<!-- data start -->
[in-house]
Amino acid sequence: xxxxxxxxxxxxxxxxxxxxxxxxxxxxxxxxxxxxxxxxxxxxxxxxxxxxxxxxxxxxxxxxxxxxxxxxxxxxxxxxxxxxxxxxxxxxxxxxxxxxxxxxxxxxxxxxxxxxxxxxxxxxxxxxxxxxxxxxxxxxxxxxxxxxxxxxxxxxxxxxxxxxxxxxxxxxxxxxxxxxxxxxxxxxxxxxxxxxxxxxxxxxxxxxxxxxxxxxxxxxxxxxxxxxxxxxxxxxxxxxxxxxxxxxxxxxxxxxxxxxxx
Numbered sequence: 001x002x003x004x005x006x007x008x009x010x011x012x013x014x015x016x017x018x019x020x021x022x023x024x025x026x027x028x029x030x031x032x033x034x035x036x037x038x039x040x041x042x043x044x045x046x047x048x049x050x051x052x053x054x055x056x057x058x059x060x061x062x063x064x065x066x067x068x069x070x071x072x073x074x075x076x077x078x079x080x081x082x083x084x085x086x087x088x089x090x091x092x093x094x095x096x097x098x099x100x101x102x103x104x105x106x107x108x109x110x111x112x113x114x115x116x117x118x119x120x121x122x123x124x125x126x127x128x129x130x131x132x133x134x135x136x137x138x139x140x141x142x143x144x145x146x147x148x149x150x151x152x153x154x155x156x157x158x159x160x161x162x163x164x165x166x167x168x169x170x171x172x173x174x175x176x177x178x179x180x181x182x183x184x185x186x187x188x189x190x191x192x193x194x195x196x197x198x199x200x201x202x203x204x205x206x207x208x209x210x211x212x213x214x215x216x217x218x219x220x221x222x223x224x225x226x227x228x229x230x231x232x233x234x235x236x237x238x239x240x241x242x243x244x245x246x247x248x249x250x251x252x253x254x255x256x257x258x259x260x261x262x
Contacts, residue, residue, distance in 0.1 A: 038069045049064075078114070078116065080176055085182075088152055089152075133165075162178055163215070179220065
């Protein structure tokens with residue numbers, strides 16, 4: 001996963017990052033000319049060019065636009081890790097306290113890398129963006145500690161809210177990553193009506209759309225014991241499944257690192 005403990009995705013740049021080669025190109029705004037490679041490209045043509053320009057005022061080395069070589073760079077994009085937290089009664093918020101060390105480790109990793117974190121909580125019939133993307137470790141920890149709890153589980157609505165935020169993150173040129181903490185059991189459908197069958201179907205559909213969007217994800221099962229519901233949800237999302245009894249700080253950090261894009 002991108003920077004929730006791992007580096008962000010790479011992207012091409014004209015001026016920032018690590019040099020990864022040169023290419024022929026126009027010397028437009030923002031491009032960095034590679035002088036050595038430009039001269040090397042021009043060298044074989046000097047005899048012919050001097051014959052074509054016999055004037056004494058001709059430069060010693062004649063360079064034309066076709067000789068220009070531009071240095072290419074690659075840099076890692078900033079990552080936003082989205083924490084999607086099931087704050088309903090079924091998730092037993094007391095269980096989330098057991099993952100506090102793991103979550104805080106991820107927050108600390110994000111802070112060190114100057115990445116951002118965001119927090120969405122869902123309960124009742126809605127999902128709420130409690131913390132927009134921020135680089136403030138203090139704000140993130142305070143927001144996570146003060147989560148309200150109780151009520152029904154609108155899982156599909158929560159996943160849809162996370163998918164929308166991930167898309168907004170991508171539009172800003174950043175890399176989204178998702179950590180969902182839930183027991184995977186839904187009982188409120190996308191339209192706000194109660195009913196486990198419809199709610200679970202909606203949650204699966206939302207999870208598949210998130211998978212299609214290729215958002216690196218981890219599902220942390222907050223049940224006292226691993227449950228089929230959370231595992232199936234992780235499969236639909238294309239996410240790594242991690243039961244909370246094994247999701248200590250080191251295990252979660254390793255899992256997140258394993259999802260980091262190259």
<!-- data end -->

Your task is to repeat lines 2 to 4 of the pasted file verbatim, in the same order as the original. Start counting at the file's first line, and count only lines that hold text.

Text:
Amino acid sequence: xxxxxxxxxxxxxxxxxxxxxxxxxxxxxxxxxxxxxxxxxxxxxxxxxxxxxxxxxxxxxxxxxxxxxxxxxxxxxxxxxxxxxxxxxxxxxxxxxxxxxxxxxxxxxxxxxxxxxxxxxxxxxxxxxxxxxxxxxxxxxxxxxxxxxxxxxxxxxxxxxxxxxxxxxxxxxxxxxxxxxxxxxxxxxxxxxxxxxxxxxxxxxxxxxxxxxxxxxxxxxxxxxxxxxxxxxxxxxxxxxxxxxxxxxxxxxxxxxxxxxx
Numbered sequence: 001x002x003x004x005x006x007x008x009x010x011x012x013x014x015x016x017x018x019x020x021x022x023x024x025x026x027x028x029x030x031x032x033x034x035x036x037x038x039x040x041x042x043x044x045x046x047x048x049x050x051x052x053x054x055x056x057x058x059x060x061x062x063x064x065x066x067x068x069x070x071x072x073x074x075x076x077x078x079x080x081x082x083x084x085x086x087x088x089x090x091x092x093x094x095x096x097x098x099x100x101x102x103x104x105x106x107x108x109x110x111x112x113x114x115x116x117x118x119x120x121x122x123x124x125x126x127x128x129x130x131x132x133x134x135x136x137x138x139x140x141x142x143x144x145x146x147x148x149x150x151x152x153x154x155x156x157x158x159x160x161x162x163x164x165x166x167x168x169x170x171x172x173x174x175x176x177x178x179x180x181x182x183x184x185x186x187x188x189x190x191x192x193x194x195x196x197x198x199x200x201x202x203x204x205x206x207x208x209x210x211x212x213x214x215x216x217x218x219x220x221x222x223x224x225x226x227x228x229x230x231x232x233x234x235x236x237x238x239x240x241x242x243x244x245x246x247x248x249x250x251x252x253x254x255x256x257x258x259x260x261x262x
Contacts, residue, residue, distance in 0.1 A: 038069045049064075078114070078116065080176055085182075088152055089152075133165075162178055163215070179220065